I wouldn’t place any time limits on therapy. You may be surprised to find what a good one can help you discover or be more comfortable about recognizing and expressing. Additionally, a therapist should be able to discuss with you the option of, and refer (if not maybe your doctor has to become involved) you for, a psychiatric evaluation to make sure that there’s nothing physiological going on that may have been missed. If you decide that you need further supports that psychiatric care can provide, your therapist should be able to protectively lead you through all that, because it is a completely different regime.

I don’t think you should do anything to endanger yourself in terms of the laws there. From the outside it seems things have gotten quite severe.

There’s a Muslim Upanisad, Allopanishad. I have never read it and don’t know much about it, except that it exists.

There’s stuff written about the connections between Indian and Muslim thought, as well as how important Muslim texts were in transmitting Indian though to the West.

Maybe you can sign up to jstor for a free account and read something like this to pursue your interests in comparative studies?

Searching for the Hidden “One”: Muslim and Early European Interpretations of the Indian Upaniṣads. Franz Winter. Numen, Vol. 65, No. 1 (2018), pp. 28-61 (34 pages)


Probably certain things in Mahayana are a better connection to Muslim thought. Or thereabouts, such as, even the Tang poets. I have a friend who “goes to church in his garage,” so we have no sense here in the need to follow institutionalized religion, mostly have no desire for it, and are free to do what we want. We would like this choice to be available to everyone in the world, so I wish you the best of luck.

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You are correct about the calmness benefit of meditation and I still do experience it during sitting meditation. But after that, particularly while socializing , being mindful becomes very difficult at times because I have to somehow live and still “see” the stream of consciousness. It’s kinda like two persons in one body if that makes sense. One is reacting to the stimulus of the six senses while the other one is watching the former. Now the question arises, who is this latter one? Is it just another stream of consciousness? Is it just as made-up and unreal as the former? But that is probably a separate topic.

That said, I’m not sure if this total peace is an ultimate goal or part of the process? Again, with reference to our classical Sufi poems, it seems that it has to be a very difficult path to the ultimate truth and peace. Though I should not be making it as though I am on the right path because of difficulties.

No, that’s the unfortunate part probably. That I do not still have faith in almost anything, which is a prerequisite to a straight and confident walk on a path which would prevent faltering and wandering.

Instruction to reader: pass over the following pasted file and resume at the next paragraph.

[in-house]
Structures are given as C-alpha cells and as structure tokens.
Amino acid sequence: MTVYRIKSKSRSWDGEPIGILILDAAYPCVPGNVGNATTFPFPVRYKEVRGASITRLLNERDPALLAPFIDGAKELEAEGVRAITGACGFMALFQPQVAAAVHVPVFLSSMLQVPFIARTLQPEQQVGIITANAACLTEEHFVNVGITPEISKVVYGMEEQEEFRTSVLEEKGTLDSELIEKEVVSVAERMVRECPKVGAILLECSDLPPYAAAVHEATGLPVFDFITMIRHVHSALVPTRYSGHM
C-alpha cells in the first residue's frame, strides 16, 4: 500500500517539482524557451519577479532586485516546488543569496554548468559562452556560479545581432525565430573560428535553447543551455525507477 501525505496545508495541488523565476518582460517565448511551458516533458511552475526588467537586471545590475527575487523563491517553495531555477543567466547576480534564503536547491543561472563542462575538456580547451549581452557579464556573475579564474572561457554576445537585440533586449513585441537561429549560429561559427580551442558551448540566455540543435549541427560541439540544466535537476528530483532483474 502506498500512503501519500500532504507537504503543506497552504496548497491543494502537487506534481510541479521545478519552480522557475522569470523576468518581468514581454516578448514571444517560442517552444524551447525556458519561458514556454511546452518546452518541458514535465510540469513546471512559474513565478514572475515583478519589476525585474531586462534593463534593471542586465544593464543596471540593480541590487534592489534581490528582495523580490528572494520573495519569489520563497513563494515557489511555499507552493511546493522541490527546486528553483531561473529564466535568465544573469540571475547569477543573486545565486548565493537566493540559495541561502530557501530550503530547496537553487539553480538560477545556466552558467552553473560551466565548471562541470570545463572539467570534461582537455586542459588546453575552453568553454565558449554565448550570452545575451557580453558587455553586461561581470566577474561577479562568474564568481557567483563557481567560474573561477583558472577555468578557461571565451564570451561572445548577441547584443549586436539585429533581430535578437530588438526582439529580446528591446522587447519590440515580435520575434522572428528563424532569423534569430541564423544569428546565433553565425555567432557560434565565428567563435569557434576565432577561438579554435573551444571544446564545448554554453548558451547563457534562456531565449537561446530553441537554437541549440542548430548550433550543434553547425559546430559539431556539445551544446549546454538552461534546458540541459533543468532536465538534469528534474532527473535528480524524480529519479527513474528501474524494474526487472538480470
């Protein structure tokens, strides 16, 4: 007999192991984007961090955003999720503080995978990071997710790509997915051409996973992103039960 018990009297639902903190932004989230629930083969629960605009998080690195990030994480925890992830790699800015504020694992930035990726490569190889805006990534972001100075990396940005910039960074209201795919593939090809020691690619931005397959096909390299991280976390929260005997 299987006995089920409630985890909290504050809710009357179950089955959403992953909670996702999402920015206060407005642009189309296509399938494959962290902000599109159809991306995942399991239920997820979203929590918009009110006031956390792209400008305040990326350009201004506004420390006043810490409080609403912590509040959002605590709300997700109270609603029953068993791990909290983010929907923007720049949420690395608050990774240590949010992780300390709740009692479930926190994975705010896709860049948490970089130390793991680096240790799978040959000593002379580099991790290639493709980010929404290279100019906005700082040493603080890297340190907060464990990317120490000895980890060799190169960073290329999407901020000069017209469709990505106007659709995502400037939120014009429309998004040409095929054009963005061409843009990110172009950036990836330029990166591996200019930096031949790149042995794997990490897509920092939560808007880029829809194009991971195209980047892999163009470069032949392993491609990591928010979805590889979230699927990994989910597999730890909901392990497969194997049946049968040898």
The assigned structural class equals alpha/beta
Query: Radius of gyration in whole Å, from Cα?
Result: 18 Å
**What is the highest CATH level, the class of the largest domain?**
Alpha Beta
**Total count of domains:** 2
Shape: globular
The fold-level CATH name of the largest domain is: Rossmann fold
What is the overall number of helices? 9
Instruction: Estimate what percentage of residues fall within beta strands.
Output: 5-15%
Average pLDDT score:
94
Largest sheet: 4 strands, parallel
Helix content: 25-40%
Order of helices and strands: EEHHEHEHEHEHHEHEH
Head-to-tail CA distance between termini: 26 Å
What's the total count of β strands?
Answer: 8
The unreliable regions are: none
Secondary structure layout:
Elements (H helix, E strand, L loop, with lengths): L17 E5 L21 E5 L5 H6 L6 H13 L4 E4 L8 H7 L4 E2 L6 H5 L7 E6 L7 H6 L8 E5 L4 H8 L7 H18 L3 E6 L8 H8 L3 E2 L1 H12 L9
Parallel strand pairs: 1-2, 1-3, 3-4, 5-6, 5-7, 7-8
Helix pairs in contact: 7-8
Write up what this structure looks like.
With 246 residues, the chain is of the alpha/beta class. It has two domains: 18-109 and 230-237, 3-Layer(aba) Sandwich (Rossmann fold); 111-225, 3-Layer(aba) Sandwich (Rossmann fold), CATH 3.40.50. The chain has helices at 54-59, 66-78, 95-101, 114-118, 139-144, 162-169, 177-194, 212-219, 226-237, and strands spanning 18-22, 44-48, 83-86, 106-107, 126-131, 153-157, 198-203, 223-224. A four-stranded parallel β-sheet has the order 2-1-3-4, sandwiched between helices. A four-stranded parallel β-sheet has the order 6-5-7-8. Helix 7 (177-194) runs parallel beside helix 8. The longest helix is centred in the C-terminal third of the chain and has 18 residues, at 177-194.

And yes, I definitely need to be patient and not rush it, I should try anyhow even if tough.

I am not against it. Let’s see how things develop and unfold. And I skimmed over that blog, it was interesting and yes similar to those moments of experience.

@ Meggers
Yes in fact I have been mulling over visiting a therapist but I worry I wouldn’t be understood and my experience might be called a medical condition when in fact it does not sound like that.

About the Muslin and Sufi connections, yes, in fact I already have a book by a Persian author about comparative study of Sufism and Buddhism which goes over the similarities and differences. I do have a summary book of the Upanishads as well but I have barely read it. I also have a Mahayana text titled Awakening of Faith in the Mahayana which I am in the process of reading. It does indeed sound similar to Sufi thought from what I can tell, but then I need to study Sufism more. (So far I know that Sufism is an curious blend of Pre-Islamic Iranian religions and Indian religions, plus Islam)
As a sidenote, this might be interesting to you : Ibrahim ibn Adham - Wikipedia
As well as this:
Merv - Wikipedia

Merv was a major city of Buddhist learning, with Buddhist monastery temples for many centuries until its Islamisation.[22][23] At the site of Gyaur Kala and Baýramaly, Buddhism was followed and practised often at the local Buddhist stupas.[24]

Those are just some hints as to why I am trying to see and understand Buddhism from the perspective of our tradition first and foremost , and one reason for my dilemma.

@ Malunkyaputta
You are totally right. That is a problem. I seem to be lost amid all these seemingly similar traditions and religions and it is rather difficult to find one’s way around without a proper teacher or guidance. Though I have already embarked upon finding knowledgeable people and resources in Iran as far as Sufism goes (mind you, even Sufism, in its traditional form, is not recognized formally by the government as a sect).

All in all, I have read all these kind replies of you all and I am going to ponder them again. I am grateful for that. Really. Thank you. :slight_smile:
I hope I can find my way one day (assuming there is no fate).

Merv looks like a very interesting place.